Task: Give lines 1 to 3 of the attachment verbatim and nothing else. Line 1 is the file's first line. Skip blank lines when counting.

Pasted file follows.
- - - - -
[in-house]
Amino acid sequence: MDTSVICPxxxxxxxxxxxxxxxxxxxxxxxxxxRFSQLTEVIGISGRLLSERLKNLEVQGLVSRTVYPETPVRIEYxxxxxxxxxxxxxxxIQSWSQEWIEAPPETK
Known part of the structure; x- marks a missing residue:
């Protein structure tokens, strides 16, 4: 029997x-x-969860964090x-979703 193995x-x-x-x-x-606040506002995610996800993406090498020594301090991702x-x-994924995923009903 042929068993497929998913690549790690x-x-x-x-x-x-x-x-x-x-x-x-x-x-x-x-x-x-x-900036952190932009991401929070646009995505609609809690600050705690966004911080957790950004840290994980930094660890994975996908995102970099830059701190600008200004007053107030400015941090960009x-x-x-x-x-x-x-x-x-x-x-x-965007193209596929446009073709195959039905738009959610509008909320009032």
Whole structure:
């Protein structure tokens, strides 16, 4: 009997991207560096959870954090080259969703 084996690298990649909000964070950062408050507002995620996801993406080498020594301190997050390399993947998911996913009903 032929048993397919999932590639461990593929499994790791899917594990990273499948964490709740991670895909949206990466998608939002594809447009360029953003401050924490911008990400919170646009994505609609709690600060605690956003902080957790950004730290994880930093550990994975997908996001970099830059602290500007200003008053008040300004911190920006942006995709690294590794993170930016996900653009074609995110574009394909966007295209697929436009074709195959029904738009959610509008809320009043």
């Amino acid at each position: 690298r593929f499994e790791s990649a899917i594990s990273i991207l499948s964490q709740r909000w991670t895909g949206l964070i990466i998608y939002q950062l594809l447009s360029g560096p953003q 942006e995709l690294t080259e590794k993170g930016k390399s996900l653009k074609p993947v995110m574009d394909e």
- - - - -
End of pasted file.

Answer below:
[in-house]
Amino acid sequence: MDTSVICPxxxxxxxxxxxxxxxxxxxxxxxxxxRFSQLTEVIGISGRLLSERLKNLEVQGLVSRTVYPETPVRIEYxxxxxxxxxxxxxxxIQSWSQEWIEAPPETK
Known part of the structure; x- marks a missing residue: